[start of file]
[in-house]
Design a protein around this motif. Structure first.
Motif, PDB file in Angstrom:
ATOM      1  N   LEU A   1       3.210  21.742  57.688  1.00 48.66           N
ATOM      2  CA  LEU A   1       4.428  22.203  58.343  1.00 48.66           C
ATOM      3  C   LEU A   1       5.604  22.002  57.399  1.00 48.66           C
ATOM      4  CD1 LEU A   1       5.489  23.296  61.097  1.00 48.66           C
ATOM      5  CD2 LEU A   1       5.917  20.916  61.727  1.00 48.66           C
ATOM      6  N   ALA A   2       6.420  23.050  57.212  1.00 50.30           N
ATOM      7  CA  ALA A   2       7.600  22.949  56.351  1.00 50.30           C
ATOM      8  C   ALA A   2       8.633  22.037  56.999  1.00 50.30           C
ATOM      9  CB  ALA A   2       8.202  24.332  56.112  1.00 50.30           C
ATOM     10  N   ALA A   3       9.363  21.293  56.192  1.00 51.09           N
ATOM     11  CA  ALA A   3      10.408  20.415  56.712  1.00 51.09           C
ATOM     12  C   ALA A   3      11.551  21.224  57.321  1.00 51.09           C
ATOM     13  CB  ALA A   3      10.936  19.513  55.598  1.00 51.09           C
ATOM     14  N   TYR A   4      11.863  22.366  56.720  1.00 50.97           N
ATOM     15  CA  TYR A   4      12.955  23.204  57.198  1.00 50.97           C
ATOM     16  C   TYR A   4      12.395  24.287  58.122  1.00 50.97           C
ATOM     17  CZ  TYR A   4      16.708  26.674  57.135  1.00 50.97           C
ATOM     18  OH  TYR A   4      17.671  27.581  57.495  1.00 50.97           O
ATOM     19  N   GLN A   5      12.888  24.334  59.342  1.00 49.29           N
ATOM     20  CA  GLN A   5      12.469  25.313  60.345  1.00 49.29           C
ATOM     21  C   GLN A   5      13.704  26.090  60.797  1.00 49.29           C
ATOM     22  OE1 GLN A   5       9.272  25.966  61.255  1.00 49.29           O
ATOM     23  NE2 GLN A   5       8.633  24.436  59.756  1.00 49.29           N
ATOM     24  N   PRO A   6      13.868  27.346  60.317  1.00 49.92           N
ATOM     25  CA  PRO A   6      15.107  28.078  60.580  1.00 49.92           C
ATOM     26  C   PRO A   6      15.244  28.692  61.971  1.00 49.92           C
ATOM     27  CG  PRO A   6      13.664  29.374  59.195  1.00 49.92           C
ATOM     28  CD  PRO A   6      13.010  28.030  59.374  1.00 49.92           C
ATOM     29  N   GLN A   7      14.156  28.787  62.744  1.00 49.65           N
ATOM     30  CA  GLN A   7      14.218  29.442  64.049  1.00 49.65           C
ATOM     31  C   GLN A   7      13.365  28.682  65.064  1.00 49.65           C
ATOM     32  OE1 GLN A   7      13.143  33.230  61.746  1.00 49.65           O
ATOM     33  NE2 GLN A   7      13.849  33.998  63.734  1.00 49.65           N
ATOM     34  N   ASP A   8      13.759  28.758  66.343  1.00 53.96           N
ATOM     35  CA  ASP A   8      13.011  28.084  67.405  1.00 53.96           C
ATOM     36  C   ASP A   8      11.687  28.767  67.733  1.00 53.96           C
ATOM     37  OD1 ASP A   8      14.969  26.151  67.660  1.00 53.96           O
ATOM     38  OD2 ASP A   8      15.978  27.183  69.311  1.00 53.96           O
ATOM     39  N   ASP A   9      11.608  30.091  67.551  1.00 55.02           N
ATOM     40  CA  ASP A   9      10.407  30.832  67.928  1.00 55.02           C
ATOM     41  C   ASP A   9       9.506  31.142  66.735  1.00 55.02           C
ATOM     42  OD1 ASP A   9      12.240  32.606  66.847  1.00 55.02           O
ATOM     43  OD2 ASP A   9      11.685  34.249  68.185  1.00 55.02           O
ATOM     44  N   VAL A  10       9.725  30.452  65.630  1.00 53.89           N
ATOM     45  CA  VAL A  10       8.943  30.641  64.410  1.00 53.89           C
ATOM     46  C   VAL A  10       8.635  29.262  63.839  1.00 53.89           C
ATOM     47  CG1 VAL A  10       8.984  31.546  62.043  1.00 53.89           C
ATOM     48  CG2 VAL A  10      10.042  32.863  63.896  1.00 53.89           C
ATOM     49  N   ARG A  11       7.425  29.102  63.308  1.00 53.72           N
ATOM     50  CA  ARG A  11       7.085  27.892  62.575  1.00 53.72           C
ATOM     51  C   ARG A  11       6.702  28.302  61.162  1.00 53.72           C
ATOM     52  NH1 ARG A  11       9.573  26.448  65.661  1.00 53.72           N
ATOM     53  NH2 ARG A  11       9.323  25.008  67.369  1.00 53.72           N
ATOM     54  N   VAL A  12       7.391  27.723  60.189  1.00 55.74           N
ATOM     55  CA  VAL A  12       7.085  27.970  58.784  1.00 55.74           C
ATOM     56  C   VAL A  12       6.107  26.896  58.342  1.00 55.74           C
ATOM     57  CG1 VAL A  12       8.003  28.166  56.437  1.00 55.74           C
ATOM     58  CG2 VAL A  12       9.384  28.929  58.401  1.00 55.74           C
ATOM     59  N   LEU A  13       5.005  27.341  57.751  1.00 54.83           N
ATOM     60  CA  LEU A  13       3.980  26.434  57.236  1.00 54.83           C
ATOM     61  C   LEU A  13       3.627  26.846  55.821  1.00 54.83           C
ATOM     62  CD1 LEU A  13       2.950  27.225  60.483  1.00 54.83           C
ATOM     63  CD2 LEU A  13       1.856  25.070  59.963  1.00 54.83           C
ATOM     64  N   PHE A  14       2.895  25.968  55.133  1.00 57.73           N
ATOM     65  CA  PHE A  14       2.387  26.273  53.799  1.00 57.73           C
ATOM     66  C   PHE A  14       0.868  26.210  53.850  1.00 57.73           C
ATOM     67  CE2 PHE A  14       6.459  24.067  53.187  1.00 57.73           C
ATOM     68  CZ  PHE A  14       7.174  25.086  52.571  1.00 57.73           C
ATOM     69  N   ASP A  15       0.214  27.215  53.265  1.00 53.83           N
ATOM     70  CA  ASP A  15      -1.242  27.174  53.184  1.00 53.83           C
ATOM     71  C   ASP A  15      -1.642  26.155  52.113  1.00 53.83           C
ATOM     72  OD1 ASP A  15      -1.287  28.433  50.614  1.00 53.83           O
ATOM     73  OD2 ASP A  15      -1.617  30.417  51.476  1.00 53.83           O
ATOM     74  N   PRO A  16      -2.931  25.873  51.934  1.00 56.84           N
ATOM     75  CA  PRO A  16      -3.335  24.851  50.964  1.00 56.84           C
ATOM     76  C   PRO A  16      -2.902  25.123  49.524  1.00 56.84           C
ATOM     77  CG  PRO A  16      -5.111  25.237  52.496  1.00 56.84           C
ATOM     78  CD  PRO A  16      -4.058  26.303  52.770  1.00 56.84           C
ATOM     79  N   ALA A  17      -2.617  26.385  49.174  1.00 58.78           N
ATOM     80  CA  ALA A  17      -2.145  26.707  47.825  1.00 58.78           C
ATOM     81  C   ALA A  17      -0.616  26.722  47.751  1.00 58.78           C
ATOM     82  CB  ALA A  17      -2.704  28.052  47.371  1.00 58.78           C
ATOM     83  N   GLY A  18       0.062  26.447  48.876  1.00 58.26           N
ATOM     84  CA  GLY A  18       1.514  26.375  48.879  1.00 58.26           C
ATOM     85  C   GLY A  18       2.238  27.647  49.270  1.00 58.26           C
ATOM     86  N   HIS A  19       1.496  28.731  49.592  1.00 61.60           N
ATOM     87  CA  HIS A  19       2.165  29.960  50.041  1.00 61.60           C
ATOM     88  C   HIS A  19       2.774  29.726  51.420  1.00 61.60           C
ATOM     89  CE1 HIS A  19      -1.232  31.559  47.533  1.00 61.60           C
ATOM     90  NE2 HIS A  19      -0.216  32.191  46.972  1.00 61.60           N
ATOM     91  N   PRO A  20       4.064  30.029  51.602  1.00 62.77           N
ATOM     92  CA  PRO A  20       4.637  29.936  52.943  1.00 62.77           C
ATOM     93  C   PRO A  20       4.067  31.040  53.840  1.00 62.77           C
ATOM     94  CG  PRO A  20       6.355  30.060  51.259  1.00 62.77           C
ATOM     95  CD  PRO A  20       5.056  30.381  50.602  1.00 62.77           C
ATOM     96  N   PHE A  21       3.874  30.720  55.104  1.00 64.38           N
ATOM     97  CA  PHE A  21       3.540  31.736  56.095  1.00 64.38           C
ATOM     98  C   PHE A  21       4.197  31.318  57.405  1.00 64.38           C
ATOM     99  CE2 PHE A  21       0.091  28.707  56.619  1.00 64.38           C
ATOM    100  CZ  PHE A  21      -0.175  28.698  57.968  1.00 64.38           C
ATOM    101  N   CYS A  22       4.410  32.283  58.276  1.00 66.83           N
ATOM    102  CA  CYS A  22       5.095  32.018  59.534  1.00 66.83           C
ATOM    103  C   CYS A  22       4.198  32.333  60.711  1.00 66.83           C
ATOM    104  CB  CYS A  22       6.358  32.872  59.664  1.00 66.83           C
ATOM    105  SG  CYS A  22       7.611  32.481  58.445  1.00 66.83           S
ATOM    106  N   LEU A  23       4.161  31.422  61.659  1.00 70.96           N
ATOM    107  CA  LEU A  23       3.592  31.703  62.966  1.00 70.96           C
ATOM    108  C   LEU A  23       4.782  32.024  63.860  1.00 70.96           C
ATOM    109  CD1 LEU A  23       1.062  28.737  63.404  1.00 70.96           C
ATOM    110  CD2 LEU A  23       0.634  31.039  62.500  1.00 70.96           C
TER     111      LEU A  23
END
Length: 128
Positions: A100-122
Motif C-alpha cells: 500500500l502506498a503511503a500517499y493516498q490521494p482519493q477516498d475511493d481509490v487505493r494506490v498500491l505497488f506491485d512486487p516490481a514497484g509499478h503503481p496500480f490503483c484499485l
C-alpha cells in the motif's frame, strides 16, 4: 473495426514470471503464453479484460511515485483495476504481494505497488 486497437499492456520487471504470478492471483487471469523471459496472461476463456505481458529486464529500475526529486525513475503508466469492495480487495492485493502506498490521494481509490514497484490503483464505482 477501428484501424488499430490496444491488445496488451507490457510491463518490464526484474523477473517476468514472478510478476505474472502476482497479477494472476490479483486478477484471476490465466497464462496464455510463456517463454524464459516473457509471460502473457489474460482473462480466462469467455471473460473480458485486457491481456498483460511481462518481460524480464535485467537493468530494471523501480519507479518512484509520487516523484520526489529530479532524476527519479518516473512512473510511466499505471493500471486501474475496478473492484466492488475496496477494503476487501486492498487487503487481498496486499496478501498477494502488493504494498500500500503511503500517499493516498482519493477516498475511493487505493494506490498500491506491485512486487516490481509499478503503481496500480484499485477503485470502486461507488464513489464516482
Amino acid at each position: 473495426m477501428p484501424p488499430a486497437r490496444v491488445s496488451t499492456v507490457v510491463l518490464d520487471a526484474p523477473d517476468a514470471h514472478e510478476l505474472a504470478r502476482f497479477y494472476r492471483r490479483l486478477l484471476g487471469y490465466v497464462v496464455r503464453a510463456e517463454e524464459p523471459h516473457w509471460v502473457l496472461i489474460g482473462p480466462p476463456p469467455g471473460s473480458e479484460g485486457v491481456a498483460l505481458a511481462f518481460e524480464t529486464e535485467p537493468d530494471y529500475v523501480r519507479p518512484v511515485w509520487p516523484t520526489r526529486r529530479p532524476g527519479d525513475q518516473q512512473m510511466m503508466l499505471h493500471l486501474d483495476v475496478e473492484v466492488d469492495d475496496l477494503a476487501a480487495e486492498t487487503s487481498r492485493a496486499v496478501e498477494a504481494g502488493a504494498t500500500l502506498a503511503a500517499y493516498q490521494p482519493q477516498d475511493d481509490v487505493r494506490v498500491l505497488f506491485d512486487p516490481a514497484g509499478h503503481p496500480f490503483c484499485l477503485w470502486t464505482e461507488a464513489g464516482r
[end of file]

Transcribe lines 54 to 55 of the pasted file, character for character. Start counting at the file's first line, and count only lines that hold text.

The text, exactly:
ATOM     51  C   ARG A  11       6.702  28.302  61.162  1.00 53.72           C
ATOM     52  NH1 ARG A  11       9.573  26.448  65.661  1.00 53.72           N